NYCHA Housing Recommended for Landmarking
NEW YORK—In an effort to bring tourists and recognition to more of New York’s old and beautiful buildings, the New York State Board for Historic Preservation has recommended 21 new sites to the National Register of Historic Places.
“Preserving these historic sites helps promote tourism, one of New York’s fastest growing industries, especially upstate,” stated Gov. Andrew Cuomo on Monday.
According to the governor’s press office, registering as a state or federal historical site could help a property, building, or resource to become eligible for “various public preservation programs and services, such as matching state grants and state and federal historic rehabilitation tax credits.”
If this is true, it would certainly be welcome news for the mixed-use housing on West 114th between Frederick Douglas Boulevard and Adam Clayton Powell Boulevard. Most buildings in the neighborhood were constructed at the end of the 1800’s and are now under the New York City Housing Authority (NYCHA). Today, the structures show a lack of care in peeling paint, crumbling façades, and graffiti. Signs on the front read “No loitering or sitting on steps or stoops, loitering in halls or on stairs.”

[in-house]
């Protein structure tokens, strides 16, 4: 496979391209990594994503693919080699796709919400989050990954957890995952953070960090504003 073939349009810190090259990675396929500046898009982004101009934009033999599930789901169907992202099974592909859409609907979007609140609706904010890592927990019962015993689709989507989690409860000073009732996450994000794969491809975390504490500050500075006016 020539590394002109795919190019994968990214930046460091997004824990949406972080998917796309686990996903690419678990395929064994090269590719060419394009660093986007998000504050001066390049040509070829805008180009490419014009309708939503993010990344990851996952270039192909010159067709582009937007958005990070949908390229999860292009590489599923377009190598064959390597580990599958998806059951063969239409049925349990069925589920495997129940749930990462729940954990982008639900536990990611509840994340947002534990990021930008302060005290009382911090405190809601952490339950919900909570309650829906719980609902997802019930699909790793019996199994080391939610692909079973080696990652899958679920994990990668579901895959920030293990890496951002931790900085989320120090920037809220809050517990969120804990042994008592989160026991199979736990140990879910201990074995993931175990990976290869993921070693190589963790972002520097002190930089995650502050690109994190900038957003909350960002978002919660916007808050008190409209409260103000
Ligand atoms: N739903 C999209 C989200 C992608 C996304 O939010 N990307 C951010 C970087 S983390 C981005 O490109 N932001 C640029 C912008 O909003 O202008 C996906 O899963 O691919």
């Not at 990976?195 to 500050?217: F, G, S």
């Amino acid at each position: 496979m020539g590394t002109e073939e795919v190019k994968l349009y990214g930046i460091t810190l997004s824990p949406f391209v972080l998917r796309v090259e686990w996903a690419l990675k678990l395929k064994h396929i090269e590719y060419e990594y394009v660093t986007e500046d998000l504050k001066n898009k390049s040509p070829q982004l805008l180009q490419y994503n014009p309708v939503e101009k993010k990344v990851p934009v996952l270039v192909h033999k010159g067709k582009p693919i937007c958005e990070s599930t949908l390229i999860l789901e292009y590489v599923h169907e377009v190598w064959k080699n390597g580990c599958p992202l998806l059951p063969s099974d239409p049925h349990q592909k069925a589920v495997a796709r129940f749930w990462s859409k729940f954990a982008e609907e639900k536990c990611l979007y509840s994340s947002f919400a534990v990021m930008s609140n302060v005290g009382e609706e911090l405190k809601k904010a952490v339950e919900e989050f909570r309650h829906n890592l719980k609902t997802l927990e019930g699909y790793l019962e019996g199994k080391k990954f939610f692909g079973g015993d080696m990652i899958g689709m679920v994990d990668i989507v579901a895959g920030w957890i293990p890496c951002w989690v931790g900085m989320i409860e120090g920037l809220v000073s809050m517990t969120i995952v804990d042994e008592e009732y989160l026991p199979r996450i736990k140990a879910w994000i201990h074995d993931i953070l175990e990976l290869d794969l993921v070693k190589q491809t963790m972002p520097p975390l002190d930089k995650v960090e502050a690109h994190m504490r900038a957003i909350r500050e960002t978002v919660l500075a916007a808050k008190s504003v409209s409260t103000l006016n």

Residents loitering on their steps were not shy about declaring their distrust of any new government oversight. They have been promised repairs on their residences since 1999 and are still waiting to see many of them come to fruition.
The state already has over 90,000 locations registered with the National Register of Historic Places, something the governor says homeowners and businesses are taking advantage of. In 2013, his office estimates that, thanks to tax credits, $1 billion was spent on renovating historic commercial buildings and $14.3 million on historic residences.
The historic sites that are chosen preserve certain styles true to a particular time period or location. Others are the site of a significant historical event or are associated with an important figure in history. Almost all federal historical sites are over 50 years old.
Holly Kellum is a special correspondent in New York.